By the time Kenny the sound guy texted me about Lenny Kaye’s 70th birthday party at the Bowery Ballroom it was sold out. But lucky me – Kenny put me on the list. While I was at the downstairs bar waiting for the doors to open I noticed a lot of gray-haired men and women and there were lots of Patti Smith t-shirts and jackets. At some point, I realized I’d forgotten my cellphone so there would be no photos of the concert. For this show, Kenny would be doing the sound (most acts bring their own sound person).
I stood leaning on the railing behind the soundbooth. Both sides of the balcony were taken up for VIPs plus there were barstools further out into the crowd because there were so many VIPs. On stage, the bass drum had a black cover and in white letters it said “Happy 70th Birthday Lenny Kaye.” The drum was also covered with flowers. Kenny invited me to sit in the soundbooth. There was another friend of his there also. So it was four of us, including the lighting guy.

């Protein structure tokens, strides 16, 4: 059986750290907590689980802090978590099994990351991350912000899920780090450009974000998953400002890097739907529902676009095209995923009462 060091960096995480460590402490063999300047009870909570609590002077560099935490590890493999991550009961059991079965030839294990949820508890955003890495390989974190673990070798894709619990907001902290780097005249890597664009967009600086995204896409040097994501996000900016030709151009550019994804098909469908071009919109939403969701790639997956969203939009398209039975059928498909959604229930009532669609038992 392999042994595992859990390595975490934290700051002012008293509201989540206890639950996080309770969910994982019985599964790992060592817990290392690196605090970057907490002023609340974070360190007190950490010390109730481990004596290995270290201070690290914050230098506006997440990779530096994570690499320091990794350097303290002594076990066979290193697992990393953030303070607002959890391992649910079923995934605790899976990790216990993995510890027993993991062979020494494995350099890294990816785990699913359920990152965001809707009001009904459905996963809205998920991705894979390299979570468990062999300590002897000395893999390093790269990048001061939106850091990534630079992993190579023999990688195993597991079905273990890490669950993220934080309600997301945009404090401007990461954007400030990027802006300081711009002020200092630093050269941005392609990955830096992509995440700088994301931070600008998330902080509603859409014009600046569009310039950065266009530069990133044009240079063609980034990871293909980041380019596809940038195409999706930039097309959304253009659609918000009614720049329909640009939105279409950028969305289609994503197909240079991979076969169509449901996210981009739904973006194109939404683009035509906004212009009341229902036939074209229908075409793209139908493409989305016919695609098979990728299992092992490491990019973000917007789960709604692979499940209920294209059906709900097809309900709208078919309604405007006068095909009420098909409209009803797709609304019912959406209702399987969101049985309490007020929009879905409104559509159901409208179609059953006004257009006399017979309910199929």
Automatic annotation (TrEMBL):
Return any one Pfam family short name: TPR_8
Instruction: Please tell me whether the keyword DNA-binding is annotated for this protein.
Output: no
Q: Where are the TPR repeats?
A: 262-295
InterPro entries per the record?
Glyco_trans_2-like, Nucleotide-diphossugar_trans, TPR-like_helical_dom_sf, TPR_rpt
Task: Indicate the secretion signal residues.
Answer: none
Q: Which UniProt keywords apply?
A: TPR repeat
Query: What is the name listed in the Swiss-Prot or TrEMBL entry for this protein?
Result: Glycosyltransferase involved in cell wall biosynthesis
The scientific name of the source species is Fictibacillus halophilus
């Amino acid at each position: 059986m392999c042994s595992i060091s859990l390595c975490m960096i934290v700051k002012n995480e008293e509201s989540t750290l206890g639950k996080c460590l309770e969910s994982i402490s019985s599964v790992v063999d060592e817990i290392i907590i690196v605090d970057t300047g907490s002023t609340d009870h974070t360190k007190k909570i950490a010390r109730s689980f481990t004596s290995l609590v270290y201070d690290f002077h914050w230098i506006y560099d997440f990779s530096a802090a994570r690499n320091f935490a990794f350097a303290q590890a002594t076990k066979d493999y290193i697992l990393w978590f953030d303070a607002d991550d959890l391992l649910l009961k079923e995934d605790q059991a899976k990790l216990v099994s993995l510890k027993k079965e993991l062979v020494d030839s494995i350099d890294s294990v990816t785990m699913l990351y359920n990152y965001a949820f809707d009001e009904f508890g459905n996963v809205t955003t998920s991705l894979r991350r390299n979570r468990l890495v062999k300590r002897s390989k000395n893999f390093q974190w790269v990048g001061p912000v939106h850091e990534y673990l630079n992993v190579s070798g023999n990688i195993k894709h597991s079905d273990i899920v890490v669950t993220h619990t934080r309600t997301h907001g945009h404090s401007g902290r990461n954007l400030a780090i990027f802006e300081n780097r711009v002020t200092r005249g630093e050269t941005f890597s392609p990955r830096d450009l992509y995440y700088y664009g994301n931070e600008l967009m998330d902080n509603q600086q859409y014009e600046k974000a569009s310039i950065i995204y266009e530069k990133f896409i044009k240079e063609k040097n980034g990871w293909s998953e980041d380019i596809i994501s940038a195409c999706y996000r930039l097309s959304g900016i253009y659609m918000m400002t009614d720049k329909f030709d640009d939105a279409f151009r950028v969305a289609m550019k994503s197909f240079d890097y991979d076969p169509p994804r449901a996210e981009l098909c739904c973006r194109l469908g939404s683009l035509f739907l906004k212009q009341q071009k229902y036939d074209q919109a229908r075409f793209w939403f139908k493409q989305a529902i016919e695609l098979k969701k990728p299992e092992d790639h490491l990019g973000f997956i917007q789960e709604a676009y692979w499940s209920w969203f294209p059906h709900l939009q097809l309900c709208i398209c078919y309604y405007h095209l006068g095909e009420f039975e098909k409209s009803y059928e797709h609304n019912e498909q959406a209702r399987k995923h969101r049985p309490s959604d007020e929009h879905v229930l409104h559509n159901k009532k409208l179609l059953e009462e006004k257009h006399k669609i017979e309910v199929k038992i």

Lenny Kaye is a musician, writer (songs and music magazines), record producer (Suzanne Vega), author (You Call It Madness: The Sensuous Song of the Croon), and archivist. He was one of the original members of the Patti Smith Group and he produced her debut single. His anthology of 60s garage rock Nuggets: Original Artyfacts from the First Psychedelic Era 1965-1968 is a major influence on punk rock.
Lenny started with his first band the Lenny Kaye Connection (formed after the Patti Smith Group broke up in 1979) – Charlie (CP) Roth (keyboards/synthesizer), Paul Dugan (electric bass), David Donen (drums), and Lenny (electric guitar). If you hung out at Danceteria, the Ritz, or Peppermint Lounge then you may have seen them. Donen also played in another of Lenny’s bands, Reality Sandwich. Lenny joked that he lived a good life, was home by 11, and didn’t go to the Lower East Side to hang out. The songs had a new-wavish feel to them and included “Luke the Drifter” and “Tell-Tale Heart.” Lenny also played guitar for the Jim Carroll Band (“we had stage divers then”) and the band played “Still Life.” “I’ve Got a Right” was written in 1982 when Reagan was in power. Roth said, “Remember when that was your worst worry?” During a very 80s synth break, Lenny called it the synth from hell.